Lastly, the PCCFFAP website has undergone a renovation, and we’ll be posting bargaining updates here as well as member testimonials. I encourage you to read PCC Reference Librarian and PCCFFAP Executive Council member Sara Robertson’s moving account about how union benefits protected her during a health crisis. It’s a good reminder to be grateful for the rights we have won, and to remain vigilant in the face of threats to our livelihoods.
Thank you for all you do. I hope to see you at a bargaining session.
As we head into contract negotiations, I’d like to take a moment and share what being part of a union has meant to me.
I certainly didn’t predict I’d get sick, especially at 30 and having just had my second child with a basically optimal health record up until that point. I’ve since spent a decade navigating aspects of the healthcare system, and, depending on what organ or part of me is under scrutiny, there’s a different doctor and protocol, followed by a new vocabulary to learn. Many of us can relate to all the effort it takes to be a patient, which is layered onto the other important roles in life — primary for me have been: mother, educator, household provider, daughter, sister, and by circumstance have had to add medical advocate, disease translator, literature searcher, and so on.
Now for my introduction to the value of union membership. My first academic gig was in Idaho, a full time tenure track position, where I naively found myself in a “right to work” state. As a grad student I had full healthcare coverage as part of an assistantship, and therefore secure benefits as a union member. I admit that I was pretty oblivious to the fact that the security provided me and my family came from a shared contract, including full coverage for having my child in the university hospital and receiving care from my OBGYN literally on campus. I mean, I knew I was part of a union, but I didn’t really give it more thought than — wow, this is a solid job! The stark realization that I hadn’t considered union membership wasn’t until after arriving in Idaho, and noticing the low but constant murmur of various complaints from colleagues about healthcare, wages and workplace issues, with no collective means of advocating for different or better — for example, I was shocked to learn my preferred birth control wasn’t covered — which seriously made me question where had I landed.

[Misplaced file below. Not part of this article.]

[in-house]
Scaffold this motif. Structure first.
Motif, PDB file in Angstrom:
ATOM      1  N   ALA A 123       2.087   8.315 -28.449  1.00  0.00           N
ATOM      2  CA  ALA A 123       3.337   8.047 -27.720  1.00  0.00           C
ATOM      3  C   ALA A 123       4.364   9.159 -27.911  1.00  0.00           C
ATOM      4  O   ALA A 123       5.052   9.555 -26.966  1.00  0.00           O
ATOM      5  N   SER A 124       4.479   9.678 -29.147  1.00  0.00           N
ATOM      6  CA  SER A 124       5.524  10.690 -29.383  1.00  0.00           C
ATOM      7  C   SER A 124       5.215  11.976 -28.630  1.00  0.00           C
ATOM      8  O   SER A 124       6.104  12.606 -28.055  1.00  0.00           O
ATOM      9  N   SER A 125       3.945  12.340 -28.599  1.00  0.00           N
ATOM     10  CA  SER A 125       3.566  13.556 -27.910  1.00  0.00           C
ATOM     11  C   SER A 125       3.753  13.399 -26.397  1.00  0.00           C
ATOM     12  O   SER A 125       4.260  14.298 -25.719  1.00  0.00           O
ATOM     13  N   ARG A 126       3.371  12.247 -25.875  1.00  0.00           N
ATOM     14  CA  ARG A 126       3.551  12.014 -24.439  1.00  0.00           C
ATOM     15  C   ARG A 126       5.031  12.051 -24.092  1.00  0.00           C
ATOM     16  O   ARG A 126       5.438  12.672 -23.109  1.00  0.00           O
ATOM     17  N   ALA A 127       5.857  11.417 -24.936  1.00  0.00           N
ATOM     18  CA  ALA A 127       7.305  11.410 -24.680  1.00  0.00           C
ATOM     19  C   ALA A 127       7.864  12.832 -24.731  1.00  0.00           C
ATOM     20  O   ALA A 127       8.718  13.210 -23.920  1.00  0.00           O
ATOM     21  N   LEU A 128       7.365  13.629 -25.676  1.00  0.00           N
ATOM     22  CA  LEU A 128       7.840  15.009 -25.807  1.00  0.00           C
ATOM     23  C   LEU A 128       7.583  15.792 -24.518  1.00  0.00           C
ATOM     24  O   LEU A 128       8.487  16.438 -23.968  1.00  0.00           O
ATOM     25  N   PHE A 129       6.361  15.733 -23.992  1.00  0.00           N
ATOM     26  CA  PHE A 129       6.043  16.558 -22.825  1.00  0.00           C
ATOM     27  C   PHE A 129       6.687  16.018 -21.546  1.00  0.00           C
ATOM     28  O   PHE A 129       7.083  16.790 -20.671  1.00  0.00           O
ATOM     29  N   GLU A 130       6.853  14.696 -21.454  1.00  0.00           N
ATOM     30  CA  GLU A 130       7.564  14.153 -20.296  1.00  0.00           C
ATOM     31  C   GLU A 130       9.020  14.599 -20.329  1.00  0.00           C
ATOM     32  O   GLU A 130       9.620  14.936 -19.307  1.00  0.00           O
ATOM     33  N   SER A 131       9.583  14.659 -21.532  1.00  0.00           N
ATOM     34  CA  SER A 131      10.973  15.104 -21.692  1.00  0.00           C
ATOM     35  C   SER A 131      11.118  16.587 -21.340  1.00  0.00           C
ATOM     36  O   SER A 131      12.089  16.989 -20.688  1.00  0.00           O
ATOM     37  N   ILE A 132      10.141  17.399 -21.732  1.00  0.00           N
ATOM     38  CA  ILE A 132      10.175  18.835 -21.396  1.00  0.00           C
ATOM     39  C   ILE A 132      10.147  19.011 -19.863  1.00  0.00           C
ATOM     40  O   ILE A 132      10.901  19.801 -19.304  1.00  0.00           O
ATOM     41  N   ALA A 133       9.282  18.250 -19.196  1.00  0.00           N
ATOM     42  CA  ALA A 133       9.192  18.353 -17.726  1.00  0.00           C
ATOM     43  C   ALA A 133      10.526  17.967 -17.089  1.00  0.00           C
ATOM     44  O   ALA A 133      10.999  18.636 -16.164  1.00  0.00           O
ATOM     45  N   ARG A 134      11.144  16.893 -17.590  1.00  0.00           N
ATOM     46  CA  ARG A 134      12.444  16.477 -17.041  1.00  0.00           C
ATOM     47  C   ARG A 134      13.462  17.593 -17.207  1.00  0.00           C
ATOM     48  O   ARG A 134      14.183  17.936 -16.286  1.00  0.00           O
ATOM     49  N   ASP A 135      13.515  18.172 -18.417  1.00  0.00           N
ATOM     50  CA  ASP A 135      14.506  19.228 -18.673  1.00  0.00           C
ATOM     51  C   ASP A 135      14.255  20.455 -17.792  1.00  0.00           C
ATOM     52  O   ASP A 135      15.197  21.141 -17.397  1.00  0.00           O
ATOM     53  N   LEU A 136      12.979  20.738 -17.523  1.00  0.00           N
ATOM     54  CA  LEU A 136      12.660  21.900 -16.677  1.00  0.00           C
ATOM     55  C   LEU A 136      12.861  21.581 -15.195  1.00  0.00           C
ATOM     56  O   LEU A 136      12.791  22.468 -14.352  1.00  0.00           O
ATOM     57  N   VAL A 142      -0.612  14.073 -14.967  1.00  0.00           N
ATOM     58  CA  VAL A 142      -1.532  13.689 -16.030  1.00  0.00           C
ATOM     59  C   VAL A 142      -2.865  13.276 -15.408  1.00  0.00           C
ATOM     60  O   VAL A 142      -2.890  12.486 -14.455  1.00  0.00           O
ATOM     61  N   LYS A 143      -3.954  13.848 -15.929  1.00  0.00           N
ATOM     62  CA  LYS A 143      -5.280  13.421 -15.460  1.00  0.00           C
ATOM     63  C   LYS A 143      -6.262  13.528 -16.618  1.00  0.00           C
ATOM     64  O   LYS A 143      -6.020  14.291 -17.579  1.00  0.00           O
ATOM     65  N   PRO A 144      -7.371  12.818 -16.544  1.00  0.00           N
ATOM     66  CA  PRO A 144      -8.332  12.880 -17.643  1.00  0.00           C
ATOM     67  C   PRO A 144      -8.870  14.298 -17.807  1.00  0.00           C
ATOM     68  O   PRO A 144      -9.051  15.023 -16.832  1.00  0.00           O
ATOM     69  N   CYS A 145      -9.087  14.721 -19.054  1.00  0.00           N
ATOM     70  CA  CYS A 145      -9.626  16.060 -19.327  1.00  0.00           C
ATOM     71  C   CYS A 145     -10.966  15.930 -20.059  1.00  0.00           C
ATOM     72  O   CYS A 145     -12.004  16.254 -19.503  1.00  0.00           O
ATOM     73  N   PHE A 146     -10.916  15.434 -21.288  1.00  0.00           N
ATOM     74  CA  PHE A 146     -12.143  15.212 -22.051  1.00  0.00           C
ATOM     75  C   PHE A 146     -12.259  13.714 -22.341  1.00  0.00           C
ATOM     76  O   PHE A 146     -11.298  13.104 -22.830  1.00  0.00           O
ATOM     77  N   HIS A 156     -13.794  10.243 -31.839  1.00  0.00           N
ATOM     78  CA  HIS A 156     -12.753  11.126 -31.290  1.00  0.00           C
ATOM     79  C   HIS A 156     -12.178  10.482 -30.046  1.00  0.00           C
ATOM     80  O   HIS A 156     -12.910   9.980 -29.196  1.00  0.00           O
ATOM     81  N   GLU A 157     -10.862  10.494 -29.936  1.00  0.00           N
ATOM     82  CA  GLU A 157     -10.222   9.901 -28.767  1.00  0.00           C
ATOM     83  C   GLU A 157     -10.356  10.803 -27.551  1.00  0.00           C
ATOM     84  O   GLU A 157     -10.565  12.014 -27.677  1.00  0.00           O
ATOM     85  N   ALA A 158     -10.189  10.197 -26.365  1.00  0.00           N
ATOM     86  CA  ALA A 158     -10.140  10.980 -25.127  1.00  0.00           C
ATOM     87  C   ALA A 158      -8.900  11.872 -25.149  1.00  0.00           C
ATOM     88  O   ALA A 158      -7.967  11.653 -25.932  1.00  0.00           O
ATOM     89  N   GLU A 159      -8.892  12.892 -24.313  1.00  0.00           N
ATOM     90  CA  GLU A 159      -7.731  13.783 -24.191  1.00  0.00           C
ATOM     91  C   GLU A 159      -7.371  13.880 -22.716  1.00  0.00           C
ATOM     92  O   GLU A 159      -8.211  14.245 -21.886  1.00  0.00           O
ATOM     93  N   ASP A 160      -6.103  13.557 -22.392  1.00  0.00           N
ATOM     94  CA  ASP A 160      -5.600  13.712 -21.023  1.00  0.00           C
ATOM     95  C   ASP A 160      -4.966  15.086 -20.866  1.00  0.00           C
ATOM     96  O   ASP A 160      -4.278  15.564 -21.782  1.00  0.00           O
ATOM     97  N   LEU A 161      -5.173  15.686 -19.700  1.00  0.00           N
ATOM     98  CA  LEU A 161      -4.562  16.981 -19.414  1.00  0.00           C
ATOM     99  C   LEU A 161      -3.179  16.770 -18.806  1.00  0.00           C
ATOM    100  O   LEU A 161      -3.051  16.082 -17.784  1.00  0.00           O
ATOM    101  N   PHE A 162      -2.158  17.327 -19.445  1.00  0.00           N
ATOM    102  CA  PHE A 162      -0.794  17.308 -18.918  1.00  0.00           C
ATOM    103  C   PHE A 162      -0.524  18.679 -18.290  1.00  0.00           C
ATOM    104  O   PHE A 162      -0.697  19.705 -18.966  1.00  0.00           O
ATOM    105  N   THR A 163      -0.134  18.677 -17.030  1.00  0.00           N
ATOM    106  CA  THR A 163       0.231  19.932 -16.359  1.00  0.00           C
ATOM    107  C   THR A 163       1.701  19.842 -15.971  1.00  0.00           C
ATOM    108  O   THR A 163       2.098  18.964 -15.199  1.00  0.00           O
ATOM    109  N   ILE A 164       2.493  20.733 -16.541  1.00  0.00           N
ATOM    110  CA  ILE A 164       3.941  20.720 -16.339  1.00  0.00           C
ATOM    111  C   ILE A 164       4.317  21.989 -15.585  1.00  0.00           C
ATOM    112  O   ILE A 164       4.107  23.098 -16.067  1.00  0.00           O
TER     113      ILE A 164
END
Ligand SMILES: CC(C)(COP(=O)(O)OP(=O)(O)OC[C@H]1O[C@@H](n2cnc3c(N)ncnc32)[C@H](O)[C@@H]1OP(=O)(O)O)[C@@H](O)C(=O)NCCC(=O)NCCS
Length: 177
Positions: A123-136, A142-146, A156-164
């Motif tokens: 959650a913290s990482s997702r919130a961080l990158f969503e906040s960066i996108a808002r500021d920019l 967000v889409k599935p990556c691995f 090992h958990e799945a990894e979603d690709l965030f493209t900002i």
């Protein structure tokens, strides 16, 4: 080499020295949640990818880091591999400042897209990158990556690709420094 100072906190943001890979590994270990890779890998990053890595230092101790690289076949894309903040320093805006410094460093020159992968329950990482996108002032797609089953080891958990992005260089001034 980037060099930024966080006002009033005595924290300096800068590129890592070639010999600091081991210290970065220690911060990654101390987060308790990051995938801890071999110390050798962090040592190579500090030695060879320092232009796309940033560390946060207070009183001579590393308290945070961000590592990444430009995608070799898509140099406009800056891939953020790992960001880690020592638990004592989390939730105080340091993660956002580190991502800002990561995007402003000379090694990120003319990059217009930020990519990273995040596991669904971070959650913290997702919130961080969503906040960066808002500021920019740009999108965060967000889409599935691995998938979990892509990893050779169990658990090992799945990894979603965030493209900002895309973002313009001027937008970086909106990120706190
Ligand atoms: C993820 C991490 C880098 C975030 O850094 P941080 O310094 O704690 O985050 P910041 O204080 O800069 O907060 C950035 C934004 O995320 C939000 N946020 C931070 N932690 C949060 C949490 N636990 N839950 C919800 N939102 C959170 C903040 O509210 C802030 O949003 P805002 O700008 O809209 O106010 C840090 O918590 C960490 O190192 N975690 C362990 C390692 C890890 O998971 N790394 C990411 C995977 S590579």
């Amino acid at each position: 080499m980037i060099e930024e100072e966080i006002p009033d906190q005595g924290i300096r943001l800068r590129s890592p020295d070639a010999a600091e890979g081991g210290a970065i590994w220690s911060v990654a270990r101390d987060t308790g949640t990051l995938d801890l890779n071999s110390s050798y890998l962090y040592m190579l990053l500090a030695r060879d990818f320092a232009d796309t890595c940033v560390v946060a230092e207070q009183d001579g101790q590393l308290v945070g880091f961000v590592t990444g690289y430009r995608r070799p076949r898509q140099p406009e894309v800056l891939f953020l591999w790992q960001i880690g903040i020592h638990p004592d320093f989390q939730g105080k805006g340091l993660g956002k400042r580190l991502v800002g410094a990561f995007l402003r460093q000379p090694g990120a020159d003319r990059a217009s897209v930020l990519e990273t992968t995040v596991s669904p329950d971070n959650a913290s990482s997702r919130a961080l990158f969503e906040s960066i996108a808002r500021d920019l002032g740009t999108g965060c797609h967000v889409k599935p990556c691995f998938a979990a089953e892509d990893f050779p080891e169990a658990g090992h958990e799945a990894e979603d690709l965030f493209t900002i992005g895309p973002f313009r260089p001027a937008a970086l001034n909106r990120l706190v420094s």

So, fast forward a few years into my tenure at PCC, after navigating several rounds of the same health issue, but mostly over the summer without much work interference, but lots of life interruption. I had a pacemaker/defibrillator that had been malfunctioning repeatedly, and unexpectedly, and when the darn device broke for a third time in May of 2015, it shocked me unnecessarily, I was facing yet another surgery, and much more scared about what the future would look like. While I was in the middle of navigating it all — ensuring care for my children, recovering physically, managing job duties, fumbling through a wonky health care system as a sick person — I had a very sincere moment when I was brought to tears, filled with gratitude for my union. I knew that I would most likely be having some questions about job coverage, medical leave, and so on, and in that moment I realized I had a group of people to turn to that would help me get straight answers. I felt so cared for by the people who had worked diligently on my behalf to ensure I was going to be okay because of a strong and clear contract that would give me the time needed to heal. I knew I had job security, despite being sick. I knew I had health coverage, despite a long term condition. I knew as the sole provider for my family that I could allow myself to be a patient for a spell, get better, and return to work, and not carry a huge burden of worry with me into the hospital.
As I’ve learned more since, it’s clear to me that not all of us have access to the same benefits at the same rates, and I see our union working towards increased equity for all of members — academic professionals, part-time faculty and full-time faculty, in tandem. The more I talk to colleagues across those classifications, the better I understand how students at PCC are provided excellent education and mentorship, and I hope you can take us up on a few opportunities to share your voice:
I’m writing to invite you to join your fellow workers at the May Day demonstration on Monday, May 1st. The demonstration will take place in Shemanski Park (north end of the PSU Park blocks), with a rally at 2PM and a march to follow at 3PM.